Earth911 Podcast: Earth911 Interview: The Ocean Conservancy’s Anja Brandon on Upgrading the FTC Green Guides
Plastic politics are in the news. Three converging debates will shape the future of plastic manufacturing and recycling: At the global level, the United Nations is negotiating the terms of a worldwide plastics treaty, while in the United States, the Environmental Protection Agency has introduced a draft National Strategy to Prevent Plastic Pollution and the Federal Trade Commission is working on updating its Green Guides, the rules that govern the advertising of environmental and recycling claims. Dr. Anja Malawi Brandon, associate director of U.S. plastics policy for the nonprofit Ocean Conservancy, returns to the show to discuss the state of plastic packaging regulations and extended producer responsibility laws.
Anja is an environmental engineer who helped draft landmark state and national legislation regulating plastic pollution in recent years. She last appeared on the show to discuss unnecessary plastics in March 2022. She recently authored Ocean Conservancy’s recommendations to the FTC about labeling plastics to indicate their recyclability. Anja summarized the challenging recycling information we all struggle with when she wrote, “Consumers should not need a Ph.D. in plastics to understand what to do with their plastic packaging.”
Recyclability and compostability need to be clarified terms, and local services, not national rules, should determine the natural options available to each of us. The Ocean Conservancy has called for stricter regulation of plastic recyclability, recycled content, compostability, and other environmental claims by the Federal Trade Commission when it updates the Green Guides. Like the European Union and Britain, which have introduced far more stringent rules about sustainability claims, the FTC’s rules are expected to introduce penalties, such as bans on advertising and fines when companies make vague claims.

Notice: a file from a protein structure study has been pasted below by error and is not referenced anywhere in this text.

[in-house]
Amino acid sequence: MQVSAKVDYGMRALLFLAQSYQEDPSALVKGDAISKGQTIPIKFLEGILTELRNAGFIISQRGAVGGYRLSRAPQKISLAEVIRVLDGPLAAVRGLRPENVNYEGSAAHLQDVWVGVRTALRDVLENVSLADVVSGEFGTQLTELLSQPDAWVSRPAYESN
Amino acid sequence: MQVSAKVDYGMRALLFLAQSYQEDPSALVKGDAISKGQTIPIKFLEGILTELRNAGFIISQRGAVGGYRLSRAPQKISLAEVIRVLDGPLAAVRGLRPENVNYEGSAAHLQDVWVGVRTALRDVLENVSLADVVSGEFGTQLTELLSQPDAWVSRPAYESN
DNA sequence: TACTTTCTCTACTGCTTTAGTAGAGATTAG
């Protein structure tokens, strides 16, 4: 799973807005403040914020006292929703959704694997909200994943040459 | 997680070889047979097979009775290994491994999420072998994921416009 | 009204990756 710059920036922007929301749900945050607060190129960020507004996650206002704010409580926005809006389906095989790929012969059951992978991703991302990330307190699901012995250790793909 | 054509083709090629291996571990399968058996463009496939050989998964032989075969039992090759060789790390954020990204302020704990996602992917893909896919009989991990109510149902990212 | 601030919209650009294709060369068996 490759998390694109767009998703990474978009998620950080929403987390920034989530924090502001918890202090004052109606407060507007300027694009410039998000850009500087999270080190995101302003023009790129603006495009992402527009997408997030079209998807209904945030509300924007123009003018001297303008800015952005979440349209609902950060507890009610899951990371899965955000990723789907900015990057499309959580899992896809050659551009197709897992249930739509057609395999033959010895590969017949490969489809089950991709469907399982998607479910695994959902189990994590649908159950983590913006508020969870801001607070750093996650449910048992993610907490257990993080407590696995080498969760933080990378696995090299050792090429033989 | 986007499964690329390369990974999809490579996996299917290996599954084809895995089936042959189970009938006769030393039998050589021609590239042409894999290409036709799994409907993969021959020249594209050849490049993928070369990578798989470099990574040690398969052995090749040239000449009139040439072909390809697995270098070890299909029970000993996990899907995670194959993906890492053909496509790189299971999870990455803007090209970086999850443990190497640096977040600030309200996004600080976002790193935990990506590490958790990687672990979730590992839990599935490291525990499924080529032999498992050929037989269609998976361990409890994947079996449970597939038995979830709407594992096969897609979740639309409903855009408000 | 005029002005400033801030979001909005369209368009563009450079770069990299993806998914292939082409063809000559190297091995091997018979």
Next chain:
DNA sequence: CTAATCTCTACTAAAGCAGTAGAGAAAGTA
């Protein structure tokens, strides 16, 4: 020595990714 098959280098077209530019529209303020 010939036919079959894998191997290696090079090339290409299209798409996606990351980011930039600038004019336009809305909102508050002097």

At the same time, the plastic industry is ramping up claims that it can recycle more plastic using advanced techniques — the chemical and molecular recycling approaches described during our recent interviews with Nexus Circular and Carbios; the industry wants to “retain the societal benefits of plastics.” Economic and policy tensions are rising as global, national, and state leaders launch programs and policies designed to curb the use of plastic, track and regulate the shipping and recycling of plastic waste, and establish clear, helpful labeling guidance.
You can learn more about the Ocean Conservancy at oceanconservancy.org.